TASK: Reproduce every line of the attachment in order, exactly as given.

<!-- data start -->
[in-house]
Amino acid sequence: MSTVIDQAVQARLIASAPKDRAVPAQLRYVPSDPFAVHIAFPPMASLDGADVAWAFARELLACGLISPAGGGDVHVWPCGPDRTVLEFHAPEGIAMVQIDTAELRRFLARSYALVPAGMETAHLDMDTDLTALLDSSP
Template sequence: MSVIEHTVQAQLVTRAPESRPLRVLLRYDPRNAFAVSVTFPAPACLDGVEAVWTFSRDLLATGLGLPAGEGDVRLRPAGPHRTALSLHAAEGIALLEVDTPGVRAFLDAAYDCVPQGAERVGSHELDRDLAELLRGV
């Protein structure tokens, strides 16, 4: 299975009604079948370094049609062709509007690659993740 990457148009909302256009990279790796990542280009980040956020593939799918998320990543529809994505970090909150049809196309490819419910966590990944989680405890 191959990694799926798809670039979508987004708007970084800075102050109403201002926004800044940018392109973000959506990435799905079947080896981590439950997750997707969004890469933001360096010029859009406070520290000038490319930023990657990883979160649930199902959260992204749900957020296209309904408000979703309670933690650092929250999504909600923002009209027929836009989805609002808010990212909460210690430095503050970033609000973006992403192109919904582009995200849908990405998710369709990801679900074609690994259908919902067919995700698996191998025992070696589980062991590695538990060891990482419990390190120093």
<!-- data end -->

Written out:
[in-house]
Amino acid sequence: MSTVIDQAVQARLIASAPKDRAVPAQLRYVPSDPFAVHIAFPPMASLDGADVAWAFARELLACGLISPAGGGDVHVWPCGPDRTVLEFHAPEGIAMVQIDTAELRRFLARSYALVPAGMETAHLDMDTDLTALLDSSP
Template sequence: MSVIEHTVQAQLVTRAPESRPLRVLLRYDPRNAFAVSVTFPAPACLDGVEAVWTFSRDLLATGLGLPAGEGDVRLRPAGPHRTALSLHAAEGIALLEVDTPGVRAFLDAAYDCVPQGAERVGSHELDRDLAELLRGV
């Protein structure tokens, strides 16, 4: 299975009604079948370094049609062709509007690659993740 990457148009909302256009990279790796990542280009980040956020593939799918998320990543529809994505970090909150049809196309490819419910966590990944989680405890 191959990694799926798809670039979508987004708007970084800075102050109403201002926004800044940018392109973000959506990435799905079947080896981590439950997750997707969004890469933001360096010029859009406070520290000038490319930023990657990883979160649930199902959260992204749900957020296209309904408000979703309670933690650092929250999504909600923002009209027929836009989805609002808010990212909460210690430095503050970033609000973006992403192109919904582009995200849908990405998710369709990801679900074609690994259908919902067919995700698996191998025992070696589980062991590695538990060891990482419990390190120093």